Ramaphosa shrugs off NHI critics – and that’s one of the biggest legal problems he faces

 ·15 May 2024

President Cyril Ramaphosa is moments away from signing the National Health Insurance (NHI) Bill into law, paving the way for a massive overhaul of healthcare in South Africa.

Despite pushback from businesses, the private healthcare sector, unions, workers, and legal experts, the impending laws have reached the point of no return, with the president making a big song and dance of the signing.

Contrary to the singing of most bills, which get an unceremonious media statement or pass without much fanfare, the president set a date, time and place for the signing of the bill, shrugging off criticism of the bill as the complaints of “well-to-do rich people” and a reflection of “white fear“.

However, the president’s casual disregard for criticisms against the NHI will likely be one of the biggest legal pitfalls of the whole saga.

According to legal expert Neil Kirby, Director and Head of Healthcare and Life Sciences at Werksmans Attorneys, the NHI will face major legal hurdles once signed into law, and one of the biggest themes that will likely be tackled in the courts is whether or not the processing of the laws was fair.

He noted that the Act needs to be seen in the context of three primary problems:

Problem 1: Fairness of the laws

A central theme behind much of the criticism levelled against the NHI is that the laws have been pushed through every step of the process with little to no regard for the feedback given by various stakeholders.

The private healthcare industry and medical aid companies have been at pains to try and work with the government to implement a system that meets the national goal of quality healthcare access to all, that doesn’t also implode a multi-billion-rand industry and send skilled doctors and nurses packing to greener pastures.

However, the message from these sectors has been clear: the laws, as they stand, left them feeling wholly ignored.

“We need to ask if the process has been fair to those involved, and a proper appreciation of the implications for the stakeholders that are interested and affected by this legislation,” Kirby said.

“And in that process, have they been heard, and has what has been said been taken into account when putting this all together?”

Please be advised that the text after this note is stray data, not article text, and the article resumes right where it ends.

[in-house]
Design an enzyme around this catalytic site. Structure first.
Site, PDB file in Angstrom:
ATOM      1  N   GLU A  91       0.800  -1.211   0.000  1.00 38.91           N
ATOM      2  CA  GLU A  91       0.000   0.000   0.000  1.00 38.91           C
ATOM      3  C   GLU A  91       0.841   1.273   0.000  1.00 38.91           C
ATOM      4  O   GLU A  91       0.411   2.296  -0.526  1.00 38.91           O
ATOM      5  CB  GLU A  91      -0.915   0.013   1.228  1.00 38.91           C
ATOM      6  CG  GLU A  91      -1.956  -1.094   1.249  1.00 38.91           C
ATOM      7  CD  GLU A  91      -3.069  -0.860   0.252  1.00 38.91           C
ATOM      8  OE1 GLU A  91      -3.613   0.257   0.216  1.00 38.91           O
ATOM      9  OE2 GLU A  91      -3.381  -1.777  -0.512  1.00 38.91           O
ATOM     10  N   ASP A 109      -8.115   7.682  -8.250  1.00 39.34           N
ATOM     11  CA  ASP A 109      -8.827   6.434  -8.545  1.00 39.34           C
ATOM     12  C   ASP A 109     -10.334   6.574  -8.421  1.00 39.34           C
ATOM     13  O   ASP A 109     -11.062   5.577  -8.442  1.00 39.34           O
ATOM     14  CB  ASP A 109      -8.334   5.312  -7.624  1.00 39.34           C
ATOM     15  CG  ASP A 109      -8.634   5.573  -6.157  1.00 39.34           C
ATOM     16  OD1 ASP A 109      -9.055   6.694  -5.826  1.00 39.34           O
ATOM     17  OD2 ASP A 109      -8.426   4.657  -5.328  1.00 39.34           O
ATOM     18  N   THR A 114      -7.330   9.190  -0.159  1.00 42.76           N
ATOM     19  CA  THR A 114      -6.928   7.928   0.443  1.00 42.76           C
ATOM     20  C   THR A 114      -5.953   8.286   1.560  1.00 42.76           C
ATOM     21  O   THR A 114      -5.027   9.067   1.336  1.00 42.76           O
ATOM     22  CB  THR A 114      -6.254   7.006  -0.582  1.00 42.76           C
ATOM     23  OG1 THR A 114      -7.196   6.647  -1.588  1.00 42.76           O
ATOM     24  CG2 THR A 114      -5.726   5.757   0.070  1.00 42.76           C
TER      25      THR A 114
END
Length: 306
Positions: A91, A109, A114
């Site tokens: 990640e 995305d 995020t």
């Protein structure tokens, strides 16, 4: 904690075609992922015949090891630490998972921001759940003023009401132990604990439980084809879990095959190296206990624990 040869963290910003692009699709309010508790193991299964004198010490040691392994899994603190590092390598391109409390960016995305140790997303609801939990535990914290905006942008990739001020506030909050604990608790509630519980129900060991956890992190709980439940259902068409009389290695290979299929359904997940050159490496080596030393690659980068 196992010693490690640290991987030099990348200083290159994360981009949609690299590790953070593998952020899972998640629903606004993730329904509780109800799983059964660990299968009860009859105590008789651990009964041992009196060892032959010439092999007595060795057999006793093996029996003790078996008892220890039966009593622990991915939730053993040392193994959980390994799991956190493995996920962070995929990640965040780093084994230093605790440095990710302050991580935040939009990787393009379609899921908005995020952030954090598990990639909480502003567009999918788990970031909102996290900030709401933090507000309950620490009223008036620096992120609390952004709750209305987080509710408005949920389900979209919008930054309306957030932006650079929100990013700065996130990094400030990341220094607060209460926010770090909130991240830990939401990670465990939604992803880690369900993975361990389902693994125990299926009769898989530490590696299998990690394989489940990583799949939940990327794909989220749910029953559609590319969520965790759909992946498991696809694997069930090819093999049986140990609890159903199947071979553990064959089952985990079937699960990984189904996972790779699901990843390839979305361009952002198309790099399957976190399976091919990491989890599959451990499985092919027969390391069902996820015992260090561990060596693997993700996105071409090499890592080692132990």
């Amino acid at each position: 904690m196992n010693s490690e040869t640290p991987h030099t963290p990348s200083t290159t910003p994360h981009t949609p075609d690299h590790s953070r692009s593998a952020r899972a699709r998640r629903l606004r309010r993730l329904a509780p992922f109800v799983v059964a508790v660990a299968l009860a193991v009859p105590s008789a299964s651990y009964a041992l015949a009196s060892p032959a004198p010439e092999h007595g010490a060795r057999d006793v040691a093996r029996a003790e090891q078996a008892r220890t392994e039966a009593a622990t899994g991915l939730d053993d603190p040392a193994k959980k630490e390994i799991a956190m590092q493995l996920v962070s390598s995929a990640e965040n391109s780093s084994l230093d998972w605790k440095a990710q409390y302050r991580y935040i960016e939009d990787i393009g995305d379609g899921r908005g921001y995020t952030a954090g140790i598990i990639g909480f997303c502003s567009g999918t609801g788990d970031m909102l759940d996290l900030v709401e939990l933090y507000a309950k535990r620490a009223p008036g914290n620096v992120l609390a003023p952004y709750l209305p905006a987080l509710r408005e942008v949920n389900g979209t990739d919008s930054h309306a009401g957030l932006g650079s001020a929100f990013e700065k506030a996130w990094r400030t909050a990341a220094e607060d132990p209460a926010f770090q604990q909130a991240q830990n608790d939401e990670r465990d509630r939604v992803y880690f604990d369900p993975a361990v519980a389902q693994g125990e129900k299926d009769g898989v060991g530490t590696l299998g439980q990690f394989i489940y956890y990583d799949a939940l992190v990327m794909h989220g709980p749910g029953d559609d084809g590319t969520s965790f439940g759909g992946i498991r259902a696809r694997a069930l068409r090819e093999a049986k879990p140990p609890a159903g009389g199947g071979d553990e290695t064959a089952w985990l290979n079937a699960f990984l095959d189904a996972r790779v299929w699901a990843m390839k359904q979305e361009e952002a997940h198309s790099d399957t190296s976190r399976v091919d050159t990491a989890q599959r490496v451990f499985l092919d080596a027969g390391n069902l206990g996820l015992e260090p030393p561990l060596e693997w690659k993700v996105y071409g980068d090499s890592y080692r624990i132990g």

Problem 2: Rationality of the laws

A second legal hurdle is the question of rationality: is the NHI something that can actually be done?

Over and above the laws being rubber-stamped through parliament, the other huge criticism levelled at the NHI is that it is unaffordable and unimplementable, with both cost and coverage remain a big fat question mark that the government simply cannot answer.

“How much is this going to cost? And can we as a country—whether the cost is R140 billion rand to start with and R700 billion at the end—can we afford it?

“Can we afford to have national health insurance along with other national priorities and policies that are equally as important as healthcare, education, security and infrastructure?”

These are all questions that have been asked of the NHI at every juncture of the process, and the answer has always come back as a resounding ‘No’.

Kirby said that the question of funding and what the NHI will actually cover has not been clarified to date, meaning the South African people “don’t know what, in fact, we’re going to be buying.”

“We have no real idea. We have an inkling that it could be primary health care benefits to start. And we know that maternity benefits as a defined benefit along with emergency care benefits are going to be moved into NHI away from medical schemes, so we have an indication, but there is nothing that you can say ‘thank goodness for the NHI’,” he said.

Problem 3: Constitutionality of the laws

Ultimately, the legal process is likely to go all the way to Constitutional Court—a fight the opposition party, the Democratic Alliance, has committed to—to test whether the NHI will stand the ultimate legal challenge.

Kirby said the Constitution is the supreme law of the country, and the NHI will ultimately have to be tested through the lens of the Constitution.

Parliament’s own legal advisors previously warned that there were Constitutional issues with the laws, and the Department of Health has already stated that Constitutional concerns around individual rights are secondary to the NHI’s purpose.

“The constitutionality of this Act is going to be the argument we’re going to have,” Kirby said.

“There are going to be two sides to that argument. Certain people are going to say absolutely, it’s constitutional. It’s completely constitutional. It solves the problem that so many South Africans face of a lack of healthcare.

“And then you have detractors….who will say ‘no, we think it’s a bridge too far. I think you’ve got too much emphasis in the wrong spots here’.

“We’ve got constitutional friction, and we need to resolve it,” Kirby said.

Bonus problem: The question of choice

Kirby said that another issue to be faced with the NHI is that of South Africans being able to choose where they procure their healthcare – and if they can afford NHI and private healthcare.

“There’s no requirement for anyone to join the NHI. You can choose to do that. South Africans are required to pay for NHI through a mandatory pre-payment system in exchange for which you receive healthcare services as defined free at the point of care for the services.

“However if you don’t join the NHI – are you going to be inclined to pay your medical scheme premium too, which may be too expensive for many people?

“It may very well be that you don’t have a choice: you are going to have to join the NHI because you can’t afford both the NHI mandatory pre-payment and the voluntary medical scheme contribution,” he said.

Read: NHI ‘triple tax’ and the end of medical aids – what you need to know

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